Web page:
NEWS FLASH: NOT FUTURE TORIES!
Immigrants to Britain are natural Conservatives who are finding the party more and more attractive, Grant Shapps has claimed.
The Tory party chairman said the Conservative message of working hard and getting on appeals to voters who have come to settle in Britain and often ‘work every hour’ to provide for their family.
Mr Shapps was responding to Manchester University research, reported in yesterday’s Daily Mail, showing two London seats – Brent North and East Ham – which will be contested at the general election contain a majority of voters born overseas.
However, the Turkey-based World Bulletin notes that Muslim voters in Greece (a small minority left over from the Ottoman era), despite being conservative socially, turned out enthusiastically to vote for Syriza, led by an atheist. In Turkey itself, practising Muslims are strongly attracted to the right.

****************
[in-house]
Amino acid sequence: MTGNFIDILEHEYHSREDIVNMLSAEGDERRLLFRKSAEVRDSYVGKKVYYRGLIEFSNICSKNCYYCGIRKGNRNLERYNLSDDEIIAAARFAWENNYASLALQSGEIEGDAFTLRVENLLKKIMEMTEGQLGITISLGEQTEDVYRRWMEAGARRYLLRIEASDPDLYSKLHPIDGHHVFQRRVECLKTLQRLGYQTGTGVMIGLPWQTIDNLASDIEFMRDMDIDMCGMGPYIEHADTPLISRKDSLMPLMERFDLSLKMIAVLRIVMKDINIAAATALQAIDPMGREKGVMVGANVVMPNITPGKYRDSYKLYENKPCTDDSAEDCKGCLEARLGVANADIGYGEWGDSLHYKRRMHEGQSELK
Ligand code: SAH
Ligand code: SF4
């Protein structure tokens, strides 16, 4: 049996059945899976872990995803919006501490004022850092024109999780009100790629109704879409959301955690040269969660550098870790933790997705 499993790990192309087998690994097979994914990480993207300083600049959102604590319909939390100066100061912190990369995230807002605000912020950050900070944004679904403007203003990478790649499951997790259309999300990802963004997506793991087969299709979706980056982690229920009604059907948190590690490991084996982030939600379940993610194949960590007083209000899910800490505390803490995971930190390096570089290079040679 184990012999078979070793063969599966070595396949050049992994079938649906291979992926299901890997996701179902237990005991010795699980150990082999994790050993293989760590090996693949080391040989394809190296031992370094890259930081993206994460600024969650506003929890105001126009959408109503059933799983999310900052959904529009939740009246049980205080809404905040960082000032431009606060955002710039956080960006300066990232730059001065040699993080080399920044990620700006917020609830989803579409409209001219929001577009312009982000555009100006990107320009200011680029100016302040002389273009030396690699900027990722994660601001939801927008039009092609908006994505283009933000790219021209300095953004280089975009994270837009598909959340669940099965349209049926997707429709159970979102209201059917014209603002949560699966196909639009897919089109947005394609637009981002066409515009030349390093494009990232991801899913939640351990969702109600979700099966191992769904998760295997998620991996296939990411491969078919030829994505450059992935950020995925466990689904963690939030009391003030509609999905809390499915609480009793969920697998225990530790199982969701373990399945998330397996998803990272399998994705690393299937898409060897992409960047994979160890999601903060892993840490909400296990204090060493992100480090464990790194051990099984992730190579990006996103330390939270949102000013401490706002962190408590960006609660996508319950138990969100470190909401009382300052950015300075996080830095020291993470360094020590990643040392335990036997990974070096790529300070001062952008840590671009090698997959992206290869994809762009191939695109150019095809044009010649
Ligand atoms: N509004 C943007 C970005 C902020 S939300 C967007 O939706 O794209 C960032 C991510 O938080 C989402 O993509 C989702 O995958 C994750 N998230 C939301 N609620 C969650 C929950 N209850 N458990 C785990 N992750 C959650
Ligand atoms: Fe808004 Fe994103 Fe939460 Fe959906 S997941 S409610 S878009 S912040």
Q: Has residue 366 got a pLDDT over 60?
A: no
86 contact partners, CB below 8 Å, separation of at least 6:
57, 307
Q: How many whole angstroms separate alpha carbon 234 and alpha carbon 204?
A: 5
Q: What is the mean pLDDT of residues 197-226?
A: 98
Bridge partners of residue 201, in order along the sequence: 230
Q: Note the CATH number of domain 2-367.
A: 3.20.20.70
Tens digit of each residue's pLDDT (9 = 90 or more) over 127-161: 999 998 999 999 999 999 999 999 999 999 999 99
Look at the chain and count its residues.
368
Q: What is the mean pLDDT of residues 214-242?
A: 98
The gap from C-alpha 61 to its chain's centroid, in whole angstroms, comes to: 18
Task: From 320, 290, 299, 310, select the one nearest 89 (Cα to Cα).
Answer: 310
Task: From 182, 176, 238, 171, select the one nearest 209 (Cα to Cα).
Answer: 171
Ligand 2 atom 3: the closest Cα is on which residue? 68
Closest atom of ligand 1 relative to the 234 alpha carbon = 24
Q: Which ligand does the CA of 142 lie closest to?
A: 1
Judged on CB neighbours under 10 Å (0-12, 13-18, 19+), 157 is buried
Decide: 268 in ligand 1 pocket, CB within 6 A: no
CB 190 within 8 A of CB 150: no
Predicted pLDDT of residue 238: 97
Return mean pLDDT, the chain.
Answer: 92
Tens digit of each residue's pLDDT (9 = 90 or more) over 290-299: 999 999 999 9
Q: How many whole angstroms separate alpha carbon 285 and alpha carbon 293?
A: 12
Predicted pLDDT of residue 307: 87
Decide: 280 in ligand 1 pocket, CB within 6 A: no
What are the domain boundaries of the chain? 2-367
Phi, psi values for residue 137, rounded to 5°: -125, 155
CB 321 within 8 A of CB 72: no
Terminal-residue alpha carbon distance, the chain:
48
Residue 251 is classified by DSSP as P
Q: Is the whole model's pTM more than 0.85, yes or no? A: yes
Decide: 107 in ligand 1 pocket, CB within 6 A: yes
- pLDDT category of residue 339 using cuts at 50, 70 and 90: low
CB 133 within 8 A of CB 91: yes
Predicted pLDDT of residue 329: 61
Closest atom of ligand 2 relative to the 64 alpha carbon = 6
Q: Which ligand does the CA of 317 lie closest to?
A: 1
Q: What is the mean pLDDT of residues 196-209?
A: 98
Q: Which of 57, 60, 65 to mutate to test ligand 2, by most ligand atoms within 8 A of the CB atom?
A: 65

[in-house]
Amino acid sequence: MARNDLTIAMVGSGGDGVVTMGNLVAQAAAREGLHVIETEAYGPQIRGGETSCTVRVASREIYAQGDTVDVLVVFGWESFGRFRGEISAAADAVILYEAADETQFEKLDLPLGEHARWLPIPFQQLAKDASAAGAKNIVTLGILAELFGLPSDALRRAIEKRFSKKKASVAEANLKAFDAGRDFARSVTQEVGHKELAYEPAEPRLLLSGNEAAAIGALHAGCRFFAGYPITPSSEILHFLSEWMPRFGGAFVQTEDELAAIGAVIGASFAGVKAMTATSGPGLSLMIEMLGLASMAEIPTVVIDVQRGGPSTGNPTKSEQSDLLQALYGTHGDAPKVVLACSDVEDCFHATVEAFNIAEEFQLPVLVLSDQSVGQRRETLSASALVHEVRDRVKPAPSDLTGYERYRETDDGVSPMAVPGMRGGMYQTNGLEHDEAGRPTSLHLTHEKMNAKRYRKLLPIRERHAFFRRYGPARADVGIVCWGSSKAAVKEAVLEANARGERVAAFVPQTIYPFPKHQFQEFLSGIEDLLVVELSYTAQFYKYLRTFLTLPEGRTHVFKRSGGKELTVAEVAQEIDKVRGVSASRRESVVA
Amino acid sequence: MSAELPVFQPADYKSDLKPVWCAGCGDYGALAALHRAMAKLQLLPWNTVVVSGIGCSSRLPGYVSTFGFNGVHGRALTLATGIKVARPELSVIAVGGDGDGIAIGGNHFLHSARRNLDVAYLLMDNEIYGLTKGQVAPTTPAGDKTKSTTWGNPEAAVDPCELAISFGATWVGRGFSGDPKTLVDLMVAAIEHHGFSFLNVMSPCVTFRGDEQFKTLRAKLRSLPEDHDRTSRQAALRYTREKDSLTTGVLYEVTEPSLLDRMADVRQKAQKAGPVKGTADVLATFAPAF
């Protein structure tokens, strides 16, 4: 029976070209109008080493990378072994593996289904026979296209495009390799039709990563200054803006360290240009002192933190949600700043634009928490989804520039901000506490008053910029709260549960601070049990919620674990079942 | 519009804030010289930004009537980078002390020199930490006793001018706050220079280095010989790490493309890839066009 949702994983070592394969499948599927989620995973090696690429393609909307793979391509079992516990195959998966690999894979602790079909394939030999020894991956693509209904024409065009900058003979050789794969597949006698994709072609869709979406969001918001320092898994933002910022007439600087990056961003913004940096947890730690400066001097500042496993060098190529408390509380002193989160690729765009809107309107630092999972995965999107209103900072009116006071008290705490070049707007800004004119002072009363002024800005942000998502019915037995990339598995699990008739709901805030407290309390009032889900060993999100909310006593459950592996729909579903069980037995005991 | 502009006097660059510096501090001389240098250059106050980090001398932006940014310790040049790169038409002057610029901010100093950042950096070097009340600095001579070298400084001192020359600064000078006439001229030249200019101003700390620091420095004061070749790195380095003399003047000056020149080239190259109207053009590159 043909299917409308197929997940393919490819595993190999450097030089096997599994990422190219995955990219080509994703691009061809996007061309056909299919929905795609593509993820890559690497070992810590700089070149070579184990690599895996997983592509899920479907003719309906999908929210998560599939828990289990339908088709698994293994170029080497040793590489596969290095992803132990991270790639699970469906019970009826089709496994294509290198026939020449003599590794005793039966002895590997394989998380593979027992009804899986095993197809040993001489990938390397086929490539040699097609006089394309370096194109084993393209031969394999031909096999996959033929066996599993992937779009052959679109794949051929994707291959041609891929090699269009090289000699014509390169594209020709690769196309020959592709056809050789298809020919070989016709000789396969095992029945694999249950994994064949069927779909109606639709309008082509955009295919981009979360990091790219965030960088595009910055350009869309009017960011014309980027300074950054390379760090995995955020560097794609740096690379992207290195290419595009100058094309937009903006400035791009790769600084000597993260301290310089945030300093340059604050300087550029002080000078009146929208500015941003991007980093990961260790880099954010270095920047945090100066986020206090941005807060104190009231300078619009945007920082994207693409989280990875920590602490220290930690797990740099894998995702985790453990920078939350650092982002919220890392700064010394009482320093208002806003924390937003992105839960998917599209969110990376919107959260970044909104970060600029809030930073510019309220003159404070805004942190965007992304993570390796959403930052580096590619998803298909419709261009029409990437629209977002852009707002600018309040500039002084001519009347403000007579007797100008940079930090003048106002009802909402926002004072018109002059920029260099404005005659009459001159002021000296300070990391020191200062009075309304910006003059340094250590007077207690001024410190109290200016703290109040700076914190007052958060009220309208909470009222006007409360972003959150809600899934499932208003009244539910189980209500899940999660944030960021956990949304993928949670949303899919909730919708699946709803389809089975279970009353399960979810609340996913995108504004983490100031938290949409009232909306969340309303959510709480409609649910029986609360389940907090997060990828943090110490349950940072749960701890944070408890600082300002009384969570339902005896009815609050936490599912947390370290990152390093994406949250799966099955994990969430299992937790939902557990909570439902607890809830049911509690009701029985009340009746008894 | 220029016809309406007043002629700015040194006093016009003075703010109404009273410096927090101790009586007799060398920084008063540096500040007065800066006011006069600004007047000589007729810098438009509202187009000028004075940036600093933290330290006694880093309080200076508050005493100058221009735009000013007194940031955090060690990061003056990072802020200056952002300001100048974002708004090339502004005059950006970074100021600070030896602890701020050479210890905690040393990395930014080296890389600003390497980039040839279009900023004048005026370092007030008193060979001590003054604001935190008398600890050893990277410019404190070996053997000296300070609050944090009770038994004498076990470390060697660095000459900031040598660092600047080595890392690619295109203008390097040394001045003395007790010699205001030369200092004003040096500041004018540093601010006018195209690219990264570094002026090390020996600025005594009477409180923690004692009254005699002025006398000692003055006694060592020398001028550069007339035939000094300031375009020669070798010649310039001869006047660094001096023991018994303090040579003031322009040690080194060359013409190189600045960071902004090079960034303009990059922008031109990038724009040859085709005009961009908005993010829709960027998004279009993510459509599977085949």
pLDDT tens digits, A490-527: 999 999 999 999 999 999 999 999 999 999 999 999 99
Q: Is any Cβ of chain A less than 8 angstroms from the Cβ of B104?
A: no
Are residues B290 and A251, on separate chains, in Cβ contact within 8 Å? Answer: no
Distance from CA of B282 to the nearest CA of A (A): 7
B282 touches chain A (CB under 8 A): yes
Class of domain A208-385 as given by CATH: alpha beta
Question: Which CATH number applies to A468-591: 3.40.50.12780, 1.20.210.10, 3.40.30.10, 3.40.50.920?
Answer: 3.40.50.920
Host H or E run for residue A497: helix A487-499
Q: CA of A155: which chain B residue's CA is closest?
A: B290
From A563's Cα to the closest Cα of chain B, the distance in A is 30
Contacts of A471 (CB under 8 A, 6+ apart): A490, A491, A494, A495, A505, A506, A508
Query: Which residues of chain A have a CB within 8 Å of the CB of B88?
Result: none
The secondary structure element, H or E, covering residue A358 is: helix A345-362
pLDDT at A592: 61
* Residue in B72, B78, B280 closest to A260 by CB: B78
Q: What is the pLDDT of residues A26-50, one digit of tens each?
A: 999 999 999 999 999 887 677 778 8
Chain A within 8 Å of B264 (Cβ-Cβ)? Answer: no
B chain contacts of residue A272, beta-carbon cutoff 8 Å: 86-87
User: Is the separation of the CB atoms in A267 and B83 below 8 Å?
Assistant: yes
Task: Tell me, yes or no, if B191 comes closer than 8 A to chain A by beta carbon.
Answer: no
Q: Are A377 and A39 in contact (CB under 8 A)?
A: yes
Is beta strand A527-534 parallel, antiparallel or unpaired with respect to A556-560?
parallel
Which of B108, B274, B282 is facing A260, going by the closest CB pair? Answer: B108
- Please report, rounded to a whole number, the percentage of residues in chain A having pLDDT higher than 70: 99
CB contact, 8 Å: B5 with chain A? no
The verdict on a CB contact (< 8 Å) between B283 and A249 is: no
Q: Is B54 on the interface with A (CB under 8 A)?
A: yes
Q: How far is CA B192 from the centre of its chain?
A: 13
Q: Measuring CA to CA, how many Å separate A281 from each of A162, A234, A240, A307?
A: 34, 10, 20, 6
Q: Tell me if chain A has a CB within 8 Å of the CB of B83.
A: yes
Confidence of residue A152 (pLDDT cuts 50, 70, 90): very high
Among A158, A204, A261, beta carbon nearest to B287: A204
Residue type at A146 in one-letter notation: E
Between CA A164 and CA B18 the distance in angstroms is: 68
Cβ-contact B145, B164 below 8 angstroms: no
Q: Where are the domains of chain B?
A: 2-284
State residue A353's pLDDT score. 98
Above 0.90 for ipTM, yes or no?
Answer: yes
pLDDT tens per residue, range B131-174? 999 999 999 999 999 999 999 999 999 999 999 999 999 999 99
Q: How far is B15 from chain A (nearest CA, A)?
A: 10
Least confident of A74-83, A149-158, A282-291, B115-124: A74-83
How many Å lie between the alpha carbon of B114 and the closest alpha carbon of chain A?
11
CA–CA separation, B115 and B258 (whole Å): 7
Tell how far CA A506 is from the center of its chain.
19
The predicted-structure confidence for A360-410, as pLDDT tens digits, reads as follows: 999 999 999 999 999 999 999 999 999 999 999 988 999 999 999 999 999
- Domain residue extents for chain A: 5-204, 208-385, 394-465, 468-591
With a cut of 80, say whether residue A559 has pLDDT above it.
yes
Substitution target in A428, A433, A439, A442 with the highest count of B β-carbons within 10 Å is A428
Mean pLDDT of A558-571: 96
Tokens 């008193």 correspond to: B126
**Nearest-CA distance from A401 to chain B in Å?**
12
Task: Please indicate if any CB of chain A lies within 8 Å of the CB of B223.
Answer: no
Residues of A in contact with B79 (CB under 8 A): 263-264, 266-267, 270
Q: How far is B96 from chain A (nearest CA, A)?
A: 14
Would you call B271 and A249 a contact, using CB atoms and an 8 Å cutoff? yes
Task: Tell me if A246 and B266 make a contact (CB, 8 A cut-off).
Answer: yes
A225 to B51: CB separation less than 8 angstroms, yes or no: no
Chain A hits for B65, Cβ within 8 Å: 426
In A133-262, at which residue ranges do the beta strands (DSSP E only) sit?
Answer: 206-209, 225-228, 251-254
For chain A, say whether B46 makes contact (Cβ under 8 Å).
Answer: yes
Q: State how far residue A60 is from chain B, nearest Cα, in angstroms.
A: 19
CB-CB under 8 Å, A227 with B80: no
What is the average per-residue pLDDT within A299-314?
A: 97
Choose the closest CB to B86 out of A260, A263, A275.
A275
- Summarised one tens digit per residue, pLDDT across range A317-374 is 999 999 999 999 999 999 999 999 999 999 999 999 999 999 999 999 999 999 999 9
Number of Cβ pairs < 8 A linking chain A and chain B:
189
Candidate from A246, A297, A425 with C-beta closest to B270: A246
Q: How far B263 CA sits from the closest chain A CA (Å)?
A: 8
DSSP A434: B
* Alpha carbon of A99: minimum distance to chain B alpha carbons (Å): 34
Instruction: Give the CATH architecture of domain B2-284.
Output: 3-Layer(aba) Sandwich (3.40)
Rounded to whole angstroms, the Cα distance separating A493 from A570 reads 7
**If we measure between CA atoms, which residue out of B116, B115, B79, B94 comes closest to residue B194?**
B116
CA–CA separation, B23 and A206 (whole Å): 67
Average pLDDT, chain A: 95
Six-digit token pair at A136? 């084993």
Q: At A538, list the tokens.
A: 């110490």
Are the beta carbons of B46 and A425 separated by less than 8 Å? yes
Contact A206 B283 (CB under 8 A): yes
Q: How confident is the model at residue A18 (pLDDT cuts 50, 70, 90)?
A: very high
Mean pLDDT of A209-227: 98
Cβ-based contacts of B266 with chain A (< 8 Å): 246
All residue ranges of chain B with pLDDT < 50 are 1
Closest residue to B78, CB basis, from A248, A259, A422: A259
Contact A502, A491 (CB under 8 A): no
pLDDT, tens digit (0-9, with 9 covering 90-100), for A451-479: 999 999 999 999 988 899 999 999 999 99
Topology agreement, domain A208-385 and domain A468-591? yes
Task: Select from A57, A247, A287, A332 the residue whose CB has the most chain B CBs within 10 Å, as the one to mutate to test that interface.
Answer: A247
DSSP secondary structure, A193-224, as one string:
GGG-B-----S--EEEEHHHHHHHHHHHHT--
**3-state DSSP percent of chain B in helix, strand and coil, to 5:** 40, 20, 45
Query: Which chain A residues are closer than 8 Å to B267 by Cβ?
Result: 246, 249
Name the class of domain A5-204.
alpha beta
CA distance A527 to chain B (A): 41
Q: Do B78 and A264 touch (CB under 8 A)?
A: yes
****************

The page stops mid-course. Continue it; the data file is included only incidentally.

As the Muslim minorities, who arrived in Europe as an immigrant work force, acquired the right to vote, in other words, as they became settled, it shouldn’t be a coincidence that they started to generally prefer left-wing parties.
Whether they come from Maghreb, or a black African, or from the Indian subcontinent, or from Turkey, they have the same problem to confront. Unfortunately, they don’t have much choice.
When you divide a community with sharp lines like, West-East or Muslim-Christian, the tendency to see monoblocs might preponderate. No matter how much they identify their existential identities as Muslim, it’s clear that, in the lower levels, this mass is surrounded with local practices in their political and communal preferences and that different factors come into play. Besides, without an organization, deprived from the country’s support, foreign and weak, they are giving up the struggle to stay standing in an environment of socio-economic and cultural hegemony…
…In that case, because of practical reasons, the Muslim minorities become familiarized with the equalizing expression of the left-wing parties, which voices the rights of minorities.